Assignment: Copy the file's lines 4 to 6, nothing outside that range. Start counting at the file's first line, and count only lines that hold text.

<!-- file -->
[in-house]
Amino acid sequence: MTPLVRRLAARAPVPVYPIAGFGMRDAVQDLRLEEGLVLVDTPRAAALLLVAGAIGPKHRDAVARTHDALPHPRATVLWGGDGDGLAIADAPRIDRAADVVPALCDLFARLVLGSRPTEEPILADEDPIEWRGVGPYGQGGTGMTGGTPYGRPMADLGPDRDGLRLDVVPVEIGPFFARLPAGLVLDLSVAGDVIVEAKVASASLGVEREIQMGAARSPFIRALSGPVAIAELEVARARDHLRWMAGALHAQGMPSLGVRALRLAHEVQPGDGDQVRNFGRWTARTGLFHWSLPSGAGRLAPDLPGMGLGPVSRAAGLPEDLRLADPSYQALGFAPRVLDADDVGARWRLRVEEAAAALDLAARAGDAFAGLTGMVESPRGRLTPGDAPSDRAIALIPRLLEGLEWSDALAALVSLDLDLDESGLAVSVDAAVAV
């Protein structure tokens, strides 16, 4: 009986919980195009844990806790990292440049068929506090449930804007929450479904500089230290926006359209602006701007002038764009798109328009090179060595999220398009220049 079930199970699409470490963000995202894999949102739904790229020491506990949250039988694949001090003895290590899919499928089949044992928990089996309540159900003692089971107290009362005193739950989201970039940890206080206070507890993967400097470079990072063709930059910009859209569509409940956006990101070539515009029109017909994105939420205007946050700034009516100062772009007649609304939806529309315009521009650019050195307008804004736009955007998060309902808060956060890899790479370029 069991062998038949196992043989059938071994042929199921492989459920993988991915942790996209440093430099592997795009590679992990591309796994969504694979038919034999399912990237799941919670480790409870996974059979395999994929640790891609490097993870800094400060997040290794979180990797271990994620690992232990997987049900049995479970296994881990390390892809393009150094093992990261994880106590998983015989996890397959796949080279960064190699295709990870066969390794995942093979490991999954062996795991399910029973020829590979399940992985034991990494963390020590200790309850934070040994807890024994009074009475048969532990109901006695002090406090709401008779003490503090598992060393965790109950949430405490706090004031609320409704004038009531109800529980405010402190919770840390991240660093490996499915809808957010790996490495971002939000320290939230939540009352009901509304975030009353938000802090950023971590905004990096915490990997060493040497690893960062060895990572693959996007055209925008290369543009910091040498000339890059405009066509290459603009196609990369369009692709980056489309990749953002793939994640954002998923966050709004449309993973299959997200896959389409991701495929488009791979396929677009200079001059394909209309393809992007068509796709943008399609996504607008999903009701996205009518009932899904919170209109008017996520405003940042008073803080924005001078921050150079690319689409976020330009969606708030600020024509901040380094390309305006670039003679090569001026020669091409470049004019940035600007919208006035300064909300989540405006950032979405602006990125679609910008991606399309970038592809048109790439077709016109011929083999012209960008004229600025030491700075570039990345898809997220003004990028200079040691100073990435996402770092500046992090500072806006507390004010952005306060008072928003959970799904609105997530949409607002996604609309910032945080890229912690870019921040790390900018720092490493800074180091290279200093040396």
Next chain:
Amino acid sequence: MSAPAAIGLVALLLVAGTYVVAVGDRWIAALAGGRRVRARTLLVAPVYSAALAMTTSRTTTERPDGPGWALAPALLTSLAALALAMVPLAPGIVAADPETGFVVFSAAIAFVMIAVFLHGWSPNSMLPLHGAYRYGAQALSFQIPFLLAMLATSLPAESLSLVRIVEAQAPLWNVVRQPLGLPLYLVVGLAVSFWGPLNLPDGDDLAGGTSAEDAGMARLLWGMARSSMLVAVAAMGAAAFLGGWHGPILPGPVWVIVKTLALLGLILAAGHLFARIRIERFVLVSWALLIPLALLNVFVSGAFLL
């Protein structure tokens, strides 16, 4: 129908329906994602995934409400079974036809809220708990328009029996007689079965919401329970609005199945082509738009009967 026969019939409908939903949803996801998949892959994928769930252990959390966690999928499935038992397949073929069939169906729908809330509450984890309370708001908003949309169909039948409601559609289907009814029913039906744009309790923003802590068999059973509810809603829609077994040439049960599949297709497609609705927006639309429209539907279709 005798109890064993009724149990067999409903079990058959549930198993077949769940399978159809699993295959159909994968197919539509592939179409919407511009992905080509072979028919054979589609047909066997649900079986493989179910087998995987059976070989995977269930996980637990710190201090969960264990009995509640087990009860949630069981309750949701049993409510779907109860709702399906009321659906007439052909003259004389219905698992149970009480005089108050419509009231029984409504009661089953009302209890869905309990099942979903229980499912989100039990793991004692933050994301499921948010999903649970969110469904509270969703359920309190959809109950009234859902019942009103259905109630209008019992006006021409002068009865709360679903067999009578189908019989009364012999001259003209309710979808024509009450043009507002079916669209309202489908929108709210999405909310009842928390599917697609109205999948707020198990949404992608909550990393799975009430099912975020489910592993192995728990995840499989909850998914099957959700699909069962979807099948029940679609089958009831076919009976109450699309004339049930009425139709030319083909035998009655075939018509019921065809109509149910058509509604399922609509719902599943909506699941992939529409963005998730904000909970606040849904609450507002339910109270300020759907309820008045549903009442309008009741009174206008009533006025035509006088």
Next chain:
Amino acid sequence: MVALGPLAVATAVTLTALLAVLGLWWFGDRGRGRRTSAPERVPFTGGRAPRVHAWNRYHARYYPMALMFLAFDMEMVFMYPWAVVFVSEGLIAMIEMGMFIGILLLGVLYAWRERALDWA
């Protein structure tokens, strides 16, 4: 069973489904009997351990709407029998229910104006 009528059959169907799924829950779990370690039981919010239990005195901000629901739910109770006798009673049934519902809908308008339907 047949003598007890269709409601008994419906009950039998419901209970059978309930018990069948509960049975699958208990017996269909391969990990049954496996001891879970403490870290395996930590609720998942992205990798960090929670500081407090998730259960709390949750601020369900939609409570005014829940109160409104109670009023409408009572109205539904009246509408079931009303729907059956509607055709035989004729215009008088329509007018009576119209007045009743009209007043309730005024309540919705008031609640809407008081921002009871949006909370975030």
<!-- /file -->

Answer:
Next chain:
Amino acid sequence: MSAPAAIGLVALLLVAGTYVVAVGDRWIAALAGGRRVRARTLLVAPVYSAALAMTTSRTTTERPDGPGWALAPALLTSLAALALAMVPLAPGIVAADPETGFVVFSAAIAFVMIAVFLHGWSPNSMLPLHGAYRYGAQALSFQIPFLLAMLATSLPAESLSLVRIVEAQAPLWNVVRQPLGLPLYLVVGLAVSFWGPLNLPDGDDLAGGTSAEDAGMARLLWGMARSSMLVAVAAMGAAAFLGGWHGPILPGPVWVIVKTLALLGLILAAGHLFARIRIERFVLVSWALLIPLALLNVFVSGAFLL
């Protein structure tokens, strides 16, 4: 129908329906994602995934409400079974036809809220708990328009029996007689079965919401329970609005199945082509738009009967 026969019939409908939903949803996801998949892959994928769930252990959390966690999928499935038992397949073929069939169906729908809330509450984890309370708001908003949309169909039948409601559609289907009814029913039906744009309790923003802590068999059973509810809603829609077994040439049960599949297709497609609705927006639309429209539907279709 005798109890064993009724149990067999409903079990058959549930198993077949769940399978159809699993295959159909994968197919539509592939179409919407511009992905080509072979028919054979589609047909066997649900079986493989179910087998995987059976070989995977269930996980637990710190201090969960264990009995509640087990009860949630069981309750949701049993409510779907109860709702399906009321659906007439052909003259004389219905698992149970009480005089108050419509009231029984409504009661089953009302209890869905309990099942979903229980499912989100039990793991004692933050994301499921948010999903649970969110469904509270969703359920309190959809109950009234859902019942009103259905109630209008019992006006021409002068009865709360679903067999009578189908019989009364012999001259003209309710979808024509009450043009507002079916669209309202489908929108709210999405909310009842928390599917697609109205999948707020198990949404992608909550990393799975009430099912975020489910592993192995728990995840499989909850998914099957959700699909069962979807099948029940679609089958009831076919009976109450699309004339049930009425139709030319083909035998009655075939018509019921065809109509149910058509509604399922609509719902599943909506699941992939529409963005998730904000909970606040849904609450507002339910109270300020759907309820008045549903009442309008009741009174206008009533006025035509006088």